Another thing Reid learned is that strategic buyers are not interested in your book value. What they do value is multiple re-occurring revenue streams. Some other keys in properly preparing your business to be sold is to eliminate debt, build EBITDA, and develop a positive cash flow. Make sure that any bonus money paid out to owners are clear because it may impact your profit statement.

Buyers will ask for a five year view of your budget so if you are thinking about selling a solution provider business this is a must have.

Epic is a multiple CDN Channel Elite Award winner
Epic is a multiple CDN Channel Elite Award winner

A strong senior management team is also coveted by strategic buyers. “Sometimes you have to make yourself redundant,” Reid said.

Contracts are looked upon by strategic buyers as “very important,” Reid said. “They have legal teams who are only happy to be sifting through your contracts. They find this work fun and they are ruthless,” he added. Reid suggested to make all your contracts digital.

To help him here Reid relied on the Mastermind group again and talked to accountants, did a mock contract to see what it would look like and to straighten out the tax implications.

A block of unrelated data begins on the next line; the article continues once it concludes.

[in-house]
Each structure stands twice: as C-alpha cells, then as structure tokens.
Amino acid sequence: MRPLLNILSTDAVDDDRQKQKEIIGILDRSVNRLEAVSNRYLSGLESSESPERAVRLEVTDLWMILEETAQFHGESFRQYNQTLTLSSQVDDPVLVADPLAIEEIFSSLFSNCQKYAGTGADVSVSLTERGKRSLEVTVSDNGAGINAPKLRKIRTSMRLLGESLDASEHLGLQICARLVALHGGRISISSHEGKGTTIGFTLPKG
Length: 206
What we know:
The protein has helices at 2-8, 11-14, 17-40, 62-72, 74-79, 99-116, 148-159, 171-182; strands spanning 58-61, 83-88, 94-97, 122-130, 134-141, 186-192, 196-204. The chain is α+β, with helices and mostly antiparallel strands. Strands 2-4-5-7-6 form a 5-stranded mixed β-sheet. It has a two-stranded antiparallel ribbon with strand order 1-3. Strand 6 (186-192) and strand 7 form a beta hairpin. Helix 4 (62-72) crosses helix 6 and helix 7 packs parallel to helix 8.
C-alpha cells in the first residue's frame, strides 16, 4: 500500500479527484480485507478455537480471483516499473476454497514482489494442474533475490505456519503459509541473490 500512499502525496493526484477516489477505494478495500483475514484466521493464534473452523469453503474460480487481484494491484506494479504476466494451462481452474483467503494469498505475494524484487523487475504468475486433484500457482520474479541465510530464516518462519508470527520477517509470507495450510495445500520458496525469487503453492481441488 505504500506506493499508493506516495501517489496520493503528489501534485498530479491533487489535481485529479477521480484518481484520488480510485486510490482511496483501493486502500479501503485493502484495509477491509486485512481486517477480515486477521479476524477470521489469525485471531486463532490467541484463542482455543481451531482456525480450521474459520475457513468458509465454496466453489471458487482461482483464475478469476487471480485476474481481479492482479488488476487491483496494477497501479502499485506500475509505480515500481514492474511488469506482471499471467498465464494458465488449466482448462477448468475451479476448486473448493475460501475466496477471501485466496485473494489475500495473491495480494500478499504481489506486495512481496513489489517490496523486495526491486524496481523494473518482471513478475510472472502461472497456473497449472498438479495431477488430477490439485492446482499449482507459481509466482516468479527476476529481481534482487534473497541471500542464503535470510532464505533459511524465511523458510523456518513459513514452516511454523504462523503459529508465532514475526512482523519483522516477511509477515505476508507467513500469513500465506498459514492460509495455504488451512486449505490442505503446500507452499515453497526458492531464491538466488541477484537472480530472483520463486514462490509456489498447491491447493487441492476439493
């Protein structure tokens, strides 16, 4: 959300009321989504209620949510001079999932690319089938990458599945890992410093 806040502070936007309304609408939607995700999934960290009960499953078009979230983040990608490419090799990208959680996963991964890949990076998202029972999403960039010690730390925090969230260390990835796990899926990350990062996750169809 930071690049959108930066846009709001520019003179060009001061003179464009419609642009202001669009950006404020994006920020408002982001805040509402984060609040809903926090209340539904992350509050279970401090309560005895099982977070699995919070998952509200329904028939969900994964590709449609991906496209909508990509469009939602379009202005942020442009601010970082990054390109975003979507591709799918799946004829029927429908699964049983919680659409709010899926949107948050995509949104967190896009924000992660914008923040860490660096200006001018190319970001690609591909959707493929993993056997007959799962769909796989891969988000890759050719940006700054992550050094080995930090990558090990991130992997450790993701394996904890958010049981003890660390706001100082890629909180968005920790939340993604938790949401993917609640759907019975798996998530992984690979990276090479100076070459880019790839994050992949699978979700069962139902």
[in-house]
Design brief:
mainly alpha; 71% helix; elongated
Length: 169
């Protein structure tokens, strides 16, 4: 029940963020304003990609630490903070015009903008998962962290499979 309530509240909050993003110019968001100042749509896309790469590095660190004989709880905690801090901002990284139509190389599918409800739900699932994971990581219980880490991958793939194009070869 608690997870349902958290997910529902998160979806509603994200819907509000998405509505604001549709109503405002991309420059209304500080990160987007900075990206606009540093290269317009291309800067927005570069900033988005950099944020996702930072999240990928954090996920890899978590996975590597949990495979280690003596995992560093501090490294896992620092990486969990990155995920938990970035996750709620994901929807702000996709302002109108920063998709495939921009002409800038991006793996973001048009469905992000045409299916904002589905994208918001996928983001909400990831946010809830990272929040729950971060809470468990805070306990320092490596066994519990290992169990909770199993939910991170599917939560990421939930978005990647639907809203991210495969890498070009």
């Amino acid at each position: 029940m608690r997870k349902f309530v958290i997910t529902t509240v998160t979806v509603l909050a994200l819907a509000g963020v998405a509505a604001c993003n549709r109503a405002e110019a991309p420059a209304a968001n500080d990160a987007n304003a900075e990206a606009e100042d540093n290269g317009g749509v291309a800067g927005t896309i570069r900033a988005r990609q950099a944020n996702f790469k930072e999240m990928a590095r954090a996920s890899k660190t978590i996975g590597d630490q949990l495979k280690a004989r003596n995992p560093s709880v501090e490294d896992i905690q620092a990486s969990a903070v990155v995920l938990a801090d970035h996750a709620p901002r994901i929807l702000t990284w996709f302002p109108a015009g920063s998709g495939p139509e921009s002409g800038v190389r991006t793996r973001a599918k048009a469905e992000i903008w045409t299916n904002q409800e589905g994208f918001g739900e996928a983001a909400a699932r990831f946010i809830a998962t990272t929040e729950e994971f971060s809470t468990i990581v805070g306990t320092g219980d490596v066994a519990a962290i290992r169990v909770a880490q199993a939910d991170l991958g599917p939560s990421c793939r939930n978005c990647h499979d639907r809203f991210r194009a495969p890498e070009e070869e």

Aftermath

So now the deal is done. What do you do next? Well in Reid’s case this was the actual hard part. He now had to tell his employees; most of them have been very loyal to Epic and with change comes uncertainty. Once again Reid leveraged his friends at the VTN Mastermind Group. He crafted a letter for his staff and rehearsed it with his peer group at Mastermind. He also was asked to stay on by MTS and therefore negotiated a three-year contract for himself. The fact that Reid was still going to be big part of Epic in the next three years made many of his employees happy.

“Some say I was lucky, but for me it was all about strategy and execution,” Reid said.

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Jim Love, Chief Content Officer, IT World Canada
Paolo Del Nibletto
Paolo Del Nibletto
Editor of Computer Dealer News, covering Canada's IT channel community.